Dan has his thoughts here.  Danny has plenty of coverage, you can start here, or here. I commented on the merits of the suit here. And Loretta Nall offers what may be the best suggestion:

Wouldn’t it be an amazing thing if both of these lawsuits actually managed to clean out the state house and senate to a large degree? Just think, we might actually be able to place competent people in their positions and change the course of Alabama forever.

I know, I know….I’m dreaming….but I think I will write Santa and ask for these lawsuits to be successful anyway.

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Explore posts in the same categories: Alabama Legislature, Elections

6 Comments on “Why I Would Not Want To Be A Judge”


  1. […] Not Want To Be A Judge  Filed under Elections, Law and courts permalink :: email author :: 3 comments Comments to “I’mblinking” […]

  2. Dan Says:

    I think the prospect of a partisan election scares away many good potential judges. Of course, I think the election of judges is bad for a variety of reasons.

  3. walt moffett Says:

    If Ms Nall continues talking sense, I just might vote Liberterian in 2008 instead of writing in Cthulhu.

  4. Don Says:

    This is great sport in my book. We don’t need a legislature with 140 members anyway, so removing about half of them (wishful thinking, because I doubt that happening) would suit me just fine even though my rep is on the list of those being challenged by the Democratic party.

    Some in the original can of worms suit filed by Monteil are an impediment to good government anyway. I think his suit is in deep doo-doo now that it will be in Judge Price’s hands and with Hank Sanders as one of the targets.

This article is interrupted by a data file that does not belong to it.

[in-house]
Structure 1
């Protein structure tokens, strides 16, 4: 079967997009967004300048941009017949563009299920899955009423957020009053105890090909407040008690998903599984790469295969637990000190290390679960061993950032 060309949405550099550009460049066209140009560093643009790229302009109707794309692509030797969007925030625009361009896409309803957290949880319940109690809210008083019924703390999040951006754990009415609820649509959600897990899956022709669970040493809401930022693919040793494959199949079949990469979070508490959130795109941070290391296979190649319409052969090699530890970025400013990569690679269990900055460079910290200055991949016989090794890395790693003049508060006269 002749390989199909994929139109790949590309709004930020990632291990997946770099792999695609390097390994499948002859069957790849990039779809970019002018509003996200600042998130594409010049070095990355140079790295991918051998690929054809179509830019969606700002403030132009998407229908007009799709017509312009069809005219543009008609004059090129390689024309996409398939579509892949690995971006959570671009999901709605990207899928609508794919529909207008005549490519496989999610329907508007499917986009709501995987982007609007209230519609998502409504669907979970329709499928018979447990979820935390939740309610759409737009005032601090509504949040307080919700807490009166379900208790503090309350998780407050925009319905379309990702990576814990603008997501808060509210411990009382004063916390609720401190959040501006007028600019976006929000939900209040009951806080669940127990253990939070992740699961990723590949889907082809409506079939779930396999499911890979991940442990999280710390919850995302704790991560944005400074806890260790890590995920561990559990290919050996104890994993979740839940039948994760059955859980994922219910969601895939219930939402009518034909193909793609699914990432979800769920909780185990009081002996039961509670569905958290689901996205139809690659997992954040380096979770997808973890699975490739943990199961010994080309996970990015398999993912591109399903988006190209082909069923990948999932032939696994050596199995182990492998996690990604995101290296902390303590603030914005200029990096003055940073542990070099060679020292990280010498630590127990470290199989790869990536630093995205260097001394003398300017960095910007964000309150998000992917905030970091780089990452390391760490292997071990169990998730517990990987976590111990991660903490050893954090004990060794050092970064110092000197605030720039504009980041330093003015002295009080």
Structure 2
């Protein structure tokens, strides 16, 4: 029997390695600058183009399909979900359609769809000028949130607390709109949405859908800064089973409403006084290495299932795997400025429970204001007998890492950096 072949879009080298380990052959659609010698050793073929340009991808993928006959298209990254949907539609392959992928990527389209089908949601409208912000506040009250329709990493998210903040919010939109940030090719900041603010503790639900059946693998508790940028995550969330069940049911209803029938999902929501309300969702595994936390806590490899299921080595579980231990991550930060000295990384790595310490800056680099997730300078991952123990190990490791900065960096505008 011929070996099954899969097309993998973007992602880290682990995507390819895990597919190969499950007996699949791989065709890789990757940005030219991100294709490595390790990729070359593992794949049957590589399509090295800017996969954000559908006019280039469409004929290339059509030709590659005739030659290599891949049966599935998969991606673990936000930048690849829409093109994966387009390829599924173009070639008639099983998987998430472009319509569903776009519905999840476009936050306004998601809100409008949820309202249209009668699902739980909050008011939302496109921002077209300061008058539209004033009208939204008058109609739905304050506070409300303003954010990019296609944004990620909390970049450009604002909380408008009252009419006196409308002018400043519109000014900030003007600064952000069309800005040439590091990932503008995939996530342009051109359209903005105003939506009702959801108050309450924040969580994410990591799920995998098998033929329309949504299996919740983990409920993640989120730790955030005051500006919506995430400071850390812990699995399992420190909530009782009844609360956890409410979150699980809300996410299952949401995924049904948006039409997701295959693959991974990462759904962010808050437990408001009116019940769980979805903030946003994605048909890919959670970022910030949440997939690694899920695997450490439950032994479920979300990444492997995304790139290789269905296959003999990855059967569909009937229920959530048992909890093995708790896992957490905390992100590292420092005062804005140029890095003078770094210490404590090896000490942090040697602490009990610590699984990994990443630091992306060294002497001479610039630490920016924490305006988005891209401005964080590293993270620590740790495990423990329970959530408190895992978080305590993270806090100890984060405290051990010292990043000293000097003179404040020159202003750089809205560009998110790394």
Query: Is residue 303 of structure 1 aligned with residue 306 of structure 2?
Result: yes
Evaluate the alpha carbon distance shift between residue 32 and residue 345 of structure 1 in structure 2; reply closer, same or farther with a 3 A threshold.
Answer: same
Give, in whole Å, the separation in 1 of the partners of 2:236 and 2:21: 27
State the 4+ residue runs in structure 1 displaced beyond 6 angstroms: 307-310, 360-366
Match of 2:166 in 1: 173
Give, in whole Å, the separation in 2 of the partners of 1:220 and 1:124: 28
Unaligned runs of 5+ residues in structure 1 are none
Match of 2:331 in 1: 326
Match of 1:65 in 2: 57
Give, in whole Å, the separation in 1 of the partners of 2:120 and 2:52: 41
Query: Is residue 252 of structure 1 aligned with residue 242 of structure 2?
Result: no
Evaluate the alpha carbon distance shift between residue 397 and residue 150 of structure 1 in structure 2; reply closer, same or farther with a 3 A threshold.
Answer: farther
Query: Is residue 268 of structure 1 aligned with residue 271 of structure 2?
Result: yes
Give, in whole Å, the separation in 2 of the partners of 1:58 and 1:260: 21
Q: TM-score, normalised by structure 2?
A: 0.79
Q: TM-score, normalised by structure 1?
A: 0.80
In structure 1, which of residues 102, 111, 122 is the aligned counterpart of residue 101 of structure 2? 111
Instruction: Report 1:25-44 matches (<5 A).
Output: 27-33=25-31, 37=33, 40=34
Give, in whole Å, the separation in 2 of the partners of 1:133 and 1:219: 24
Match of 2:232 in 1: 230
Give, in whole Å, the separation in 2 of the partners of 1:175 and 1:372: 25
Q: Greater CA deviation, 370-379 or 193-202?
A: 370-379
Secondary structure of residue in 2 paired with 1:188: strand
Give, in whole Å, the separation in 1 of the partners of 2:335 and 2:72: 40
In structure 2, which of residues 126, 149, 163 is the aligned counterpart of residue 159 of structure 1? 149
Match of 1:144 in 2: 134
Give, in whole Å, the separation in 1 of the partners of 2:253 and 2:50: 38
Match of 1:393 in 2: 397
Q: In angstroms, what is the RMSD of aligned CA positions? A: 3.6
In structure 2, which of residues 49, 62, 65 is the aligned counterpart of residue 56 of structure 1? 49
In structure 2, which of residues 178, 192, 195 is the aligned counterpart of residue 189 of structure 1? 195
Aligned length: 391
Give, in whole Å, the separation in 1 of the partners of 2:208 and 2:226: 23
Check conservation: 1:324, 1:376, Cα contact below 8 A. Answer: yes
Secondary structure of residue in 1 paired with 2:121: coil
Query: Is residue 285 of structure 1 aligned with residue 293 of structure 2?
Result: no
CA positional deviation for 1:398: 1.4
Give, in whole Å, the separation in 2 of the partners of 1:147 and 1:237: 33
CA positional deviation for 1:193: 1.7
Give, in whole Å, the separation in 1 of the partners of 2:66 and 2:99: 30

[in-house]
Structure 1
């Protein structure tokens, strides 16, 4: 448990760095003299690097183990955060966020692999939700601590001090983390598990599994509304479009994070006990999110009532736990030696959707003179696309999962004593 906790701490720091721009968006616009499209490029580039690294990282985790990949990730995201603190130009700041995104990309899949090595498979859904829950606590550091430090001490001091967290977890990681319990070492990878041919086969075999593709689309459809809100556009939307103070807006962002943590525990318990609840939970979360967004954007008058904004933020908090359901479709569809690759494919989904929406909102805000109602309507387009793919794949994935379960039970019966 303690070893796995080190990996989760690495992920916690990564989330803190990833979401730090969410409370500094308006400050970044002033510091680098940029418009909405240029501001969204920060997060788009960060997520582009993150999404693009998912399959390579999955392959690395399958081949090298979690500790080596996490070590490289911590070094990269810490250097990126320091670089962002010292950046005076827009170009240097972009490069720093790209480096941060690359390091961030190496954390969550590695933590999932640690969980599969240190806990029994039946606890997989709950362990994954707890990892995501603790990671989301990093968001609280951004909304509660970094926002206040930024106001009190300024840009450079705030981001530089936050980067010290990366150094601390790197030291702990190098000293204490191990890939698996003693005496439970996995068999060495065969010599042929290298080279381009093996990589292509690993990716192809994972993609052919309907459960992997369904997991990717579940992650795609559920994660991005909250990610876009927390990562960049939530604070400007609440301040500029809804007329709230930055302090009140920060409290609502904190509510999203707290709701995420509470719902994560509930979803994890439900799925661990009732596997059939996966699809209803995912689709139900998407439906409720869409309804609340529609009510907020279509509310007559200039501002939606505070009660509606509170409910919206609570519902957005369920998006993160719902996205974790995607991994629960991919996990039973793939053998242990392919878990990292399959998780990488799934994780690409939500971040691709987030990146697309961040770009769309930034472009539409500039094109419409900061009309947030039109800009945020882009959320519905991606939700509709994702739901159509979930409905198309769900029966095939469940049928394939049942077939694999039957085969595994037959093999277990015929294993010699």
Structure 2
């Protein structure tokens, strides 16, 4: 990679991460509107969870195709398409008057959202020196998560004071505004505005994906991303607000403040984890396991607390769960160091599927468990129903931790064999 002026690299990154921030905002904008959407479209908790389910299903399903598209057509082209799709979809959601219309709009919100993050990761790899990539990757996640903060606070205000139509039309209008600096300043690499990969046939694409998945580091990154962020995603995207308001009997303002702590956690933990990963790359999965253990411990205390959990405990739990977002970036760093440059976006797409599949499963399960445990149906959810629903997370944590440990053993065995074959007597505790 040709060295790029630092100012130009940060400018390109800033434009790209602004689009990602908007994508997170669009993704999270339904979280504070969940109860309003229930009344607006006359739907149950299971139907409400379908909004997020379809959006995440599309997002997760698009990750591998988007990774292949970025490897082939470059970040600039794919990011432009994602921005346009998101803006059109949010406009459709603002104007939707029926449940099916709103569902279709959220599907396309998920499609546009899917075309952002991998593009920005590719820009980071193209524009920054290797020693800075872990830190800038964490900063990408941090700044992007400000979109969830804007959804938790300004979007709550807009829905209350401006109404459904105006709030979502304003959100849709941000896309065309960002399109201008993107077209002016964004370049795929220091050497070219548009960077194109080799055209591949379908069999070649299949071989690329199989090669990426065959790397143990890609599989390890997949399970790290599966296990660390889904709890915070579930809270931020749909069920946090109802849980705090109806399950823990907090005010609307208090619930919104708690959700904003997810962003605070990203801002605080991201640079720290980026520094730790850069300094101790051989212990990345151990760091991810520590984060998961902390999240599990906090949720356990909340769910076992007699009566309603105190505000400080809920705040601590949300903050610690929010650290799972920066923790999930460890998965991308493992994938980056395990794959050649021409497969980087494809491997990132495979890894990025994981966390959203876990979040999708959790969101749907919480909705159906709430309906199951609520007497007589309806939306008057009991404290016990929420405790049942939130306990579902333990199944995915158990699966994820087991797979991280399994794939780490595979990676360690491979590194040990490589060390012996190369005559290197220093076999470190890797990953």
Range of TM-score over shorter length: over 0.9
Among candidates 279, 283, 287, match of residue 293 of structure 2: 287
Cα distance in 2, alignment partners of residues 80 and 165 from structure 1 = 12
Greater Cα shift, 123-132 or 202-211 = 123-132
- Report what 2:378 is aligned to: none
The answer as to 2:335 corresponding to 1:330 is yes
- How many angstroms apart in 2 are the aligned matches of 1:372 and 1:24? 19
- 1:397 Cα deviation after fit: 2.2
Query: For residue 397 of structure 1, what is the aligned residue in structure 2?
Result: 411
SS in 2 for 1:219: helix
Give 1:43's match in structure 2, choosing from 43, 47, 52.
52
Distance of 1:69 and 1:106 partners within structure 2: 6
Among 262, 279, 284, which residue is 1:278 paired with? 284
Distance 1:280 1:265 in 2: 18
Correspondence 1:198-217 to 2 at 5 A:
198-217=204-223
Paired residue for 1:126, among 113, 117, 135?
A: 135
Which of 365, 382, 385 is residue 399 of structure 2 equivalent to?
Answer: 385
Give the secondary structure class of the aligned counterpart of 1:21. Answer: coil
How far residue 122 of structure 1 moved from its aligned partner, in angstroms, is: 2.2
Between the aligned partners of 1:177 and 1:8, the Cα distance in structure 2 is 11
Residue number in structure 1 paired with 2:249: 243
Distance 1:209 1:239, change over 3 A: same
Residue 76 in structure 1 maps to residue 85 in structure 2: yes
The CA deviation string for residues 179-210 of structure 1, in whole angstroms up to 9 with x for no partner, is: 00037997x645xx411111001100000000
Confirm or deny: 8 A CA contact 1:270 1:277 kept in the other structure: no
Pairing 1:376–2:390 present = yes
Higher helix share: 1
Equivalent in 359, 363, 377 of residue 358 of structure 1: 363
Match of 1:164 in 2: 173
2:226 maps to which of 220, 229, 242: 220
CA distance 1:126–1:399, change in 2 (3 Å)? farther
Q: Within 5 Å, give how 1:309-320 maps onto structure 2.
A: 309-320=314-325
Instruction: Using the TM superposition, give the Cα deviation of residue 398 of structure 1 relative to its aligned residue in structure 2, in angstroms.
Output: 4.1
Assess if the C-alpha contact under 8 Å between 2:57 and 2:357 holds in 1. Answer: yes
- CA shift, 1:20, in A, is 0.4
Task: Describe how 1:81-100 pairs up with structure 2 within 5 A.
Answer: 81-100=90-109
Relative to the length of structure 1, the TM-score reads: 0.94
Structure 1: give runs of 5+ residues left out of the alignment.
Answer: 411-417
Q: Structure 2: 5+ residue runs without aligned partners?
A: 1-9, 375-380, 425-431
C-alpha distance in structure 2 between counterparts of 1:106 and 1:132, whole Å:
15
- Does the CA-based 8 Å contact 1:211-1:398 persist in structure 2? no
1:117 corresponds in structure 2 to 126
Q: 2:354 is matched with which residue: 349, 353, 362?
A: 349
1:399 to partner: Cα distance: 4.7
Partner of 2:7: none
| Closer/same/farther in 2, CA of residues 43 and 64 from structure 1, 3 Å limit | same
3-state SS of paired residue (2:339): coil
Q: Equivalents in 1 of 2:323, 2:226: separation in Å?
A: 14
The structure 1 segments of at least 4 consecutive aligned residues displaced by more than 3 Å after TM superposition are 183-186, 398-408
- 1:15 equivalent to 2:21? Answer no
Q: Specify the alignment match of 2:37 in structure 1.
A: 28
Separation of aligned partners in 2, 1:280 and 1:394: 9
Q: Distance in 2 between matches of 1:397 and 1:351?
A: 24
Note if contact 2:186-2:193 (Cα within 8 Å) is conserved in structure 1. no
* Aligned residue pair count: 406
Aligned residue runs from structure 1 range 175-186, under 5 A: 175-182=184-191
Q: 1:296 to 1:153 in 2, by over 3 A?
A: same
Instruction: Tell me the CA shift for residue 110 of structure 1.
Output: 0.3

There’s more to this than just tit-for-tat politics. Behind part of it (challenging Means, especially) is involved in the struggle to maintain control of the senate by Barron.

  5. wheeler Says:

    “We don’t need a legislature with 140 members anyway”

    amen to that. i’m all for downsizing montgomery in favor of local control.

  6. Don Says:

    Wheeler, Re: downsizing the legislature. This is one version of a letter to the editor that I sent to several newspapers recently, some of which published it:
    ………………………………………………………………………………………
    Re: Your November 21 editorial, “Nonpartisan vote good argument” regarding Chief Justice-elect Cobb’s proposal on how judges should be selected in Alabama.

    If having candidates for judgeships campaign and elected on a non-partisan basis is a good idea, it should be an even better idea to have candidates for the state legislature do likewise, and we have a model for doing that in Nebraska where this has been done for over 70 years.

    As a result our legislature would be more non-partisan as far as political parties are concerned, and the legislators could create legislation more in tune with the will of their constituents rather than along party lines. After all, isn’t that what the people who put them in office and pay their salaries would rather have? I know I would.

    When Nebraskans initiated this electoral system they also reduced the membership of their legislature from 133 to 43 – nearly a 70 percent reduction. That might be another good idea Alabamians should pursue.